Shafaq News/ The United States has quietly renewed a waiver allowing Iraq to pay for electricity imported from Iran, giving Baghdad 120 days to reduce its energy dependence on neighboring Tehran, according to a non-public notification obtained by the Washington Free Beacon that was provided to Congress just as nuclear talks between the United States and Tehran resumed this week.
The waiver was renewed despite U.S. sanctions imposed after former U.S. President Donald Trump pulled out of a 2015 nuclear deal between the Islamic Republic and world powers.
The U.S. has issued regular waivers to Iraq since it reimposed sanctions, but last year shortened their length to encourage Iraq to reduce its use of Iranian energy.
Thursday's 120-day extension is the third under President Joe Biden, who has sought to re-enter diplomacy with Iran over returning to the nuclear deal.
The timing of the waiver notification—which was signed Nov. 19 but not transmitted to Congress until Nov. 29, the day nuclear negotiations resumed—has prompted accusations the Biden administration is offering concessions to Tehran to generate goodwill as talks aimed at securing a revamped version of the 2015 nuclear deal restart following a months-long standoff.
During the several-month pause, Tehran increased its nuclear program, including the enrichment of uranium and installation of advanced nuclear centrifuges. One senior congressional source familiar with the matter said the delay in transmitting the waiver to Congress indicates the administration is sensitive to the optics of waving sanctions just as negotiations resume.
The State Department says it attempted to "deliver the classified portion on Tuesday and Wednesday, November 23 and 24, but due to the closure of congressional offices in connection to the Thanksgiving holiday were not able to identify appropriate recipients." Due to this delay, Congress did not receive the information until Monday.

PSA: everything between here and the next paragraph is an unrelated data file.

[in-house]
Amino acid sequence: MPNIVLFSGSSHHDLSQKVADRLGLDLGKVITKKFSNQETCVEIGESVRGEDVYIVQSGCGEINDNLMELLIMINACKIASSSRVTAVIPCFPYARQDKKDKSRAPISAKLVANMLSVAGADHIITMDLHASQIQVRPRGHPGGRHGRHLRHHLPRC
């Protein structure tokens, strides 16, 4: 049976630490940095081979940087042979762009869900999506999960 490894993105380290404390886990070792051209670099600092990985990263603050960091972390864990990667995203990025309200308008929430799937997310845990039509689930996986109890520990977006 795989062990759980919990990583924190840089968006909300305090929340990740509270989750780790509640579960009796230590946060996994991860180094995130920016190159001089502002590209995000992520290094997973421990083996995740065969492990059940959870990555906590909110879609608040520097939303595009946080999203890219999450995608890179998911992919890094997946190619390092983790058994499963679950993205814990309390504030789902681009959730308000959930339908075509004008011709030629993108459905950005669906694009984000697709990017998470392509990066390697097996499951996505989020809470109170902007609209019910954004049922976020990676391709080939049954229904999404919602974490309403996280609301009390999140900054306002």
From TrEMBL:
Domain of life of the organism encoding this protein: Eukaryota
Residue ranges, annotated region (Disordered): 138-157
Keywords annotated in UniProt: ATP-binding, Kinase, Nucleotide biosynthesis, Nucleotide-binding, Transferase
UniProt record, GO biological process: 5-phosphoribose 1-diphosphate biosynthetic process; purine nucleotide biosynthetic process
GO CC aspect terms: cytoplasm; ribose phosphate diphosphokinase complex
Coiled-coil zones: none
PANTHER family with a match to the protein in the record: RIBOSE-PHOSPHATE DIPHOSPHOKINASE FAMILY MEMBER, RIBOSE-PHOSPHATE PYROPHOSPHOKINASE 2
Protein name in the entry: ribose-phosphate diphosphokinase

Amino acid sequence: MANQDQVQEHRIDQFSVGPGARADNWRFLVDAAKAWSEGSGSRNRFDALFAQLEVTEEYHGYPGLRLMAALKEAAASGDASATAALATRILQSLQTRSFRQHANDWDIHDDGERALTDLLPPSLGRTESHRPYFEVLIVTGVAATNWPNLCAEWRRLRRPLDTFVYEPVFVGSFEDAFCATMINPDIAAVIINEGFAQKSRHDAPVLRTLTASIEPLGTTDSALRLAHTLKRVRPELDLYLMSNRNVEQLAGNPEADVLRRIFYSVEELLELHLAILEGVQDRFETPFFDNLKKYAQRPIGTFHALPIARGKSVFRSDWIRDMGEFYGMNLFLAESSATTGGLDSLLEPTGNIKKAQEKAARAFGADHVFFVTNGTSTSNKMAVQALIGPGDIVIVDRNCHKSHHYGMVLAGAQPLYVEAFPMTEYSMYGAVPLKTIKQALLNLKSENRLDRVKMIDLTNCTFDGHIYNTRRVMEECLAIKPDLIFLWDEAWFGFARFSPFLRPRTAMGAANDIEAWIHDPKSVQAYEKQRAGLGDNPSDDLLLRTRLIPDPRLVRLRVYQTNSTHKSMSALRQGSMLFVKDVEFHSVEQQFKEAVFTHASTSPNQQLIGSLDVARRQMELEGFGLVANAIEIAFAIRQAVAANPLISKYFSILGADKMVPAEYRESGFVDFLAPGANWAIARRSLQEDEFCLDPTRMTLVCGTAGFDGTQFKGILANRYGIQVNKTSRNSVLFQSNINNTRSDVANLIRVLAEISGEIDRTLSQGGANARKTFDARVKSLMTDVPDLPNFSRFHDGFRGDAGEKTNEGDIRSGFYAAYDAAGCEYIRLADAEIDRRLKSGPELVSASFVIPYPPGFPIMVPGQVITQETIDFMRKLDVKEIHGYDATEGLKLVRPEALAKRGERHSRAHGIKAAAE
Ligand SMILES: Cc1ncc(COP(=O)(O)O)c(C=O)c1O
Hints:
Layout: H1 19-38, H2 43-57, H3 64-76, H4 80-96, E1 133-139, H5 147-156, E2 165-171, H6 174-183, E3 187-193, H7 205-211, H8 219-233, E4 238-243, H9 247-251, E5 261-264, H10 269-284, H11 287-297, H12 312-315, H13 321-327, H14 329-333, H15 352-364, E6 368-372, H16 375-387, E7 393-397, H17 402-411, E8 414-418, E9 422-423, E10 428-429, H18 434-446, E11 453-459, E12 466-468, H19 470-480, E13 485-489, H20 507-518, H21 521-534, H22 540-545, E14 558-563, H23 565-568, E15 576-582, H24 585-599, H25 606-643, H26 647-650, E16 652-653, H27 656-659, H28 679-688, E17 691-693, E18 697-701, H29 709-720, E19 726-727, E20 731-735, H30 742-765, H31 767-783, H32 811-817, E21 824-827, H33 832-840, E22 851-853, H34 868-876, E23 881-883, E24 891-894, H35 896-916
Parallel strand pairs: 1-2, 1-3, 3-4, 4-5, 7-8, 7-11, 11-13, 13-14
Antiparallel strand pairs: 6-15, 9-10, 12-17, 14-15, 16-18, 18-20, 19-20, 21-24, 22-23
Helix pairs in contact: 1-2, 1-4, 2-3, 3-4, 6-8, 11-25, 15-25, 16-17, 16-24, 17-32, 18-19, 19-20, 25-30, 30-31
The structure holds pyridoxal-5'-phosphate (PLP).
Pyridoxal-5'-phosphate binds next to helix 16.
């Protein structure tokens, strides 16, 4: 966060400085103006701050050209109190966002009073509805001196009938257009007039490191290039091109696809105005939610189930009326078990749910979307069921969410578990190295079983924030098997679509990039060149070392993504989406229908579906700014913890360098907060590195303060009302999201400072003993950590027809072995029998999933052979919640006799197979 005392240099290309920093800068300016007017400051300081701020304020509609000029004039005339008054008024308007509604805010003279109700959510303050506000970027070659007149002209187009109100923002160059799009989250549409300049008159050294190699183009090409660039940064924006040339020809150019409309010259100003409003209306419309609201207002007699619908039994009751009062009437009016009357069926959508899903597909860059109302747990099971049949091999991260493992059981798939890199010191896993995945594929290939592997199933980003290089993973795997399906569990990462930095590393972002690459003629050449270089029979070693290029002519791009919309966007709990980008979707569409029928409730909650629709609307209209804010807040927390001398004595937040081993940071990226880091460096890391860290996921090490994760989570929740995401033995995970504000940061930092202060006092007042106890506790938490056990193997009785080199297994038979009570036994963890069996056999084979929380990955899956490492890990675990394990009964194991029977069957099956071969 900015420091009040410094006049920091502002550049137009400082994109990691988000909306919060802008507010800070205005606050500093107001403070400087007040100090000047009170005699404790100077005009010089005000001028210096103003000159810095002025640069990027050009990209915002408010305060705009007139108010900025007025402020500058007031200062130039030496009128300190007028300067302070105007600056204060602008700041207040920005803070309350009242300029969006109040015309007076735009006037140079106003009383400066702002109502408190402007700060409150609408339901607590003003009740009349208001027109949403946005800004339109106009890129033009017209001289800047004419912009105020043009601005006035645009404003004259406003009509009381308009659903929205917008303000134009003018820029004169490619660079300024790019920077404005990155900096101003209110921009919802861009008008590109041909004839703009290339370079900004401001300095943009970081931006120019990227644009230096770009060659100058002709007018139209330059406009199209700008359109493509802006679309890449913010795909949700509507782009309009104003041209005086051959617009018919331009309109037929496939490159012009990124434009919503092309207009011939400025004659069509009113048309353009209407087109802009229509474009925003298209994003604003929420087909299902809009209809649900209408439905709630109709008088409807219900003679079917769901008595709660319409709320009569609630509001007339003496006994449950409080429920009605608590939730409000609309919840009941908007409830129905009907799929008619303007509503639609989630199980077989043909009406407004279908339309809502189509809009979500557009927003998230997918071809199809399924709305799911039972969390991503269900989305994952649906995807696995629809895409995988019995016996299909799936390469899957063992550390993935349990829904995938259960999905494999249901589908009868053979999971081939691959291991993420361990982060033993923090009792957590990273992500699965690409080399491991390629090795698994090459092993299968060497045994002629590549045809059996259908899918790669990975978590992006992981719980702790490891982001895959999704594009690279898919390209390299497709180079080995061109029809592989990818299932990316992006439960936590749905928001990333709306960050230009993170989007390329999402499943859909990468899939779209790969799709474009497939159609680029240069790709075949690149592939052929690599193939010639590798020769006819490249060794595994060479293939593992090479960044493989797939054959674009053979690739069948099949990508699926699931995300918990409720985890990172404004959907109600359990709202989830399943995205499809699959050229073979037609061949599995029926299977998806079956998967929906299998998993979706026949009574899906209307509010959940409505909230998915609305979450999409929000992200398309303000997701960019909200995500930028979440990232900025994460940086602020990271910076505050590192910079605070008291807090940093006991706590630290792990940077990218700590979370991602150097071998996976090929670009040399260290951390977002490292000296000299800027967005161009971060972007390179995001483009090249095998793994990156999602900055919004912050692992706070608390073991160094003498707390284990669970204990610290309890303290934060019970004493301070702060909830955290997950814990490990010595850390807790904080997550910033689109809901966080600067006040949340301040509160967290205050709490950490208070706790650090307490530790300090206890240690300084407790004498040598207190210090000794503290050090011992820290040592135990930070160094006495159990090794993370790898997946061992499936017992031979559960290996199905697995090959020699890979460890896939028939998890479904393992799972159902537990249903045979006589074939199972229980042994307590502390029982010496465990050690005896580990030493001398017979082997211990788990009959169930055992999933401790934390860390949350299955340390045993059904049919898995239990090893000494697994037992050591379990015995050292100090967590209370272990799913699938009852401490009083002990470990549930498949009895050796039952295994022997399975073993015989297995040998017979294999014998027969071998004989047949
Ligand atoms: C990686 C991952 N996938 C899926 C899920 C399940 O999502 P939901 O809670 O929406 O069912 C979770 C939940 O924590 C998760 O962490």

The State Department maintains in the waiver that Iranian electricity sales to Iraq remain "in the national security interest of the United States." Iraq's failure to reduce its reliance on Iranian electricity necessitated the United States to waive sanctions to enable these sales, according to the waiver.
"In light of the considerations detailed in the classified annex to this report, the secretary determined this waiver is in the national security interest of the United States, and vital to the national security of the United States, with respect to Iraq, and certifies that this jurisdiction faced exceptional circumstances preventing it from significantly reducing its purchases of petroleum and petroleum products from Iran," according to the waiver, which is signed by Secretary of State Anthony Blinken. "Iraq continues to be a critical partner in the region, and its continued concrete political and economic cooperation is expected as a result of this waiver."